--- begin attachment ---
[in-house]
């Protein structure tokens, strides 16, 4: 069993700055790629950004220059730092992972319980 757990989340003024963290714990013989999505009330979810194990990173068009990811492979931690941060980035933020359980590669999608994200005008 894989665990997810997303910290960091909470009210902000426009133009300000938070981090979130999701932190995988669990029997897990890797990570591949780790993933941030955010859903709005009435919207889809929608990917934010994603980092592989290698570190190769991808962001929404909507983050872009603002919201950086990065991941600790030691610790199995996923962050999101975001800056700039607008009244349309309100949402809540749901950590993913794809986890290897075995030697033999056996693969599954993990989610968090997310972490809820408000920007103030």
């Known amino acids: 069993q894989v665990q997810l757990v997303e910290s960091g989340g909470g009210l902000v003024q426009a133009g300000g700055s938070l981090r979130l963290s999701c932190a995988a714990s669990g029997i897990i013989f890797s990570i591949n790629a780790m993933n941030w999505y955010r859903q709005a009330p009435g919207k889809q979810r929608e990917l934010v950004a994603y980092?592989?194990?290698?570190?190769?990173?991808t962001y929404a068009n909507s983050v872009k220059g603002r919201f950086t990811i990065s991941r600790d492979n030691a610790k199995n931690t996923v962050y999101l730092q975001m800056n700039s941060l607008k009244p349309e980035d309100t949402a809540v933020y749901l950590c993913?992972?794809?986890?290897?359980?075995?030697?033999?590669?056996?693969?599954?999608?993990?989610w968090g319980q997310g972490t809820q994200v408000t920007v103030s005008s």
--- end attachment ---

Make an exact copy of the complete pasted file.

[in-house]
């Protein structure tokens, strides 16, 4: 069993700055790629950004220059730092992972319980 757990989340003024963290714990013989999505009330979810194990990173068009990811492979931690941060980035933020359980590669999608994200005008 894989665990997810997303910290960091909470009210902000426009133009300000938070981090979130999701932190995988669990029997897990890797990570591949780790993933941030955010859903709005009435919207889809929608990917934010994603980092592989290698570190190769991808962001929404909507983050872009603002919201950086990065991941600790030691610790199995996923962050999101975001800056700039607008009244349309309100949402809540749901950590993913794809986890290897075995030697033999056996693969599954993990989610968090997310972490809820408000920007103030």
């Known amino acids: 069993q894989v665990q997810l757990v997303e910290s960091g989340g909470g009210l902000v003024q426009a133009g300000g700055s938070l981090r979130l963290s999701c932190a995988a714990s669990g029997i897990i013989f890797s990570i591949n790629a780790m993933n941030w999505y955010r859903q709005a009330p009435g919207k889809q979810r929608e990917l934010v950004a994603y980092?592989?194990?290698?570190?190769?990173?991808t962001y929404a068009n909507s983050v872009k220059g603002r919201f950086t990811i990065s991941r600790d492979n030691a610790k199995n931690t996923v962050y999101l730092q975001m800056n700039s941060l607008k009244p349309e980035d309100t949402a809540v933020y749901l950590c993913?992972?794809?986890?290897?359980?075995?030697?033999?590669?056996?693969?599954?999608?993990?989610w968090g319980q997310g972490t809820q994200v408000t920007v103030s005008s």